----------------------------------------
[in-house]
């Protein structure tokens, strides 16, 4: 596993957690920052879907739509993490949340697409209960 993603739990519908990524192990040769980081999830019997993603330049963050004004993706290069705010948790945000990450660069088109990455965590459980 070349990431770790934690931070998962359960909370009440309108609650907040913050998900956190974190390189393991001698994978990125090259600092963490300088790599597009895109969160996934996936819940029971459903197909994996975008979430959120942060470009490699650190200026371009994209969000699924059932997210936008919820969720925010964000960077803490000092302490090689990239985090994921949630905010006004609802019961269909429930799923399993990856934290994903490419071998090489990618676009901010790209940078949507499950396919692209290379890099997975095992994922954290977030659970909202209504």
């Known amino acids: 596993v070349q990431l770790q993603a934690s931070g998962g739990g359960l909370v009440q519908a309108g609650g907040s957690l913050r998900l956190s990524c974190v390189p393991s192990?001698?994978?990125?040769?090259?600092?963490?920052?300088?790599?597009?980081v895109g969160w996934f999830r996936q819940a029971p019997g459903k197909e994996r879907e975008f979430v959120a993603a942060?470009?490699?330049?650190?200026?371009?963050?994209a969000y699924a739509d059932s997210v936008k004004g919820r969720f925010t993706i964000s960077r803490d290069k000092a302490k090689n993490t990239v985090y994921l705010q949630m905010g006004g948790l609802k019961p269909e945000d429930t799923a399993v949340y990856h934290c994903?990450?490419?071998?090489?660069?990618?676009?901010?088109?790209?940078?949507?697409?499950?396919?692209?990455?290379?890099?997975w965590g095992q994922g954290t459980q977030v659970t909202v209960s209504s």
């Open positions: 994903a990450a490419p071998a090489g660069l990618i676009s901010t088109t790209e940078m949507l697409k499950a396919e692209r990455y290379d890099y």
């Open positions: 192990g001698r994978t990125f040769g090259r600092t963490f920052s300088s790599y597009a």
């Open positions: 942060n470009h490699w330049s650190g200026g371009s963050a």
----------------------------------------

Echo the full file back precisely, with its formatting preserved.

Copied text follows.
[in-house]
């Protein structure tokens, strides 16, 4: 596993957690920052879907739509993490949340697409209960 993603739990519908990524192990040769980081999830019997993603330049963050004004993706290069705010948790945000990450660069088109990455965590459980 070349990431770790934690931070998962359960909370009440309108609650907040913050998900956190974190390189393991001698994978990125090259600092963490300088790599597009895109969160996934996936819940029971459903197909994996975008979430959120942060470009490699650190200026371009994209969000699924059932997210936008919820969720925010964000960077803490000092302490090689990239985090994921949630905010006004609802019961269909429930799923399993990856934290994903490419071998090489990618676009901010790209940078949507499950396919692209290379890099997975095992994922954290977030659970909202209504």
């Known amino acids: 596993v070349q990431l770790q993603a934690s931070g998962g739990g359960l909370v009440q519908a309108g609650g907040s957690l913050r998900l956190s990524c974190v390189p393991s192990?001698?994978?990125?040769?090259?600092?963490?920052?300088?790599?597009?980081v895109g969160w996934f999830r996936q819940a029971p019997g459903k197909e994996r879907e975008f979430v959120a993603a942060?470009?490699?330049?650190?200026?371009?963050?994209a969000y699924a739509d059932s997210v936008k004004g919820r969720f925010t993706i964000s960077r803490d290069k000092a302490k090689n993490t990239v985090y994921l705010q949630m905010g006004g948790l609802k019961p269909e945000d429930t799923a399993v949340y990856h934290c994903?990450?490419?071998?090489?660069?990618?676009?901010?088109?790209?940078?949507?697409?499950?396919?692209?990455?290379?890099?997975w965590g095992q994922g954290t459980q977030v659970t909202v209960s209504s």
């Open positions: 994903a990450a490419p071998a090489g660069l990618i676009s901010t088109t790209e940078m949507l697409k499950a396919e692209r990455y290379d890099y």
């Open positions: 192990g001698r994978t990125f040769g090259r600092t963490f920052s300088s790599y597009a």
């Open positions: 942060n470009h490699w330049s650190g200026g371009s963050a």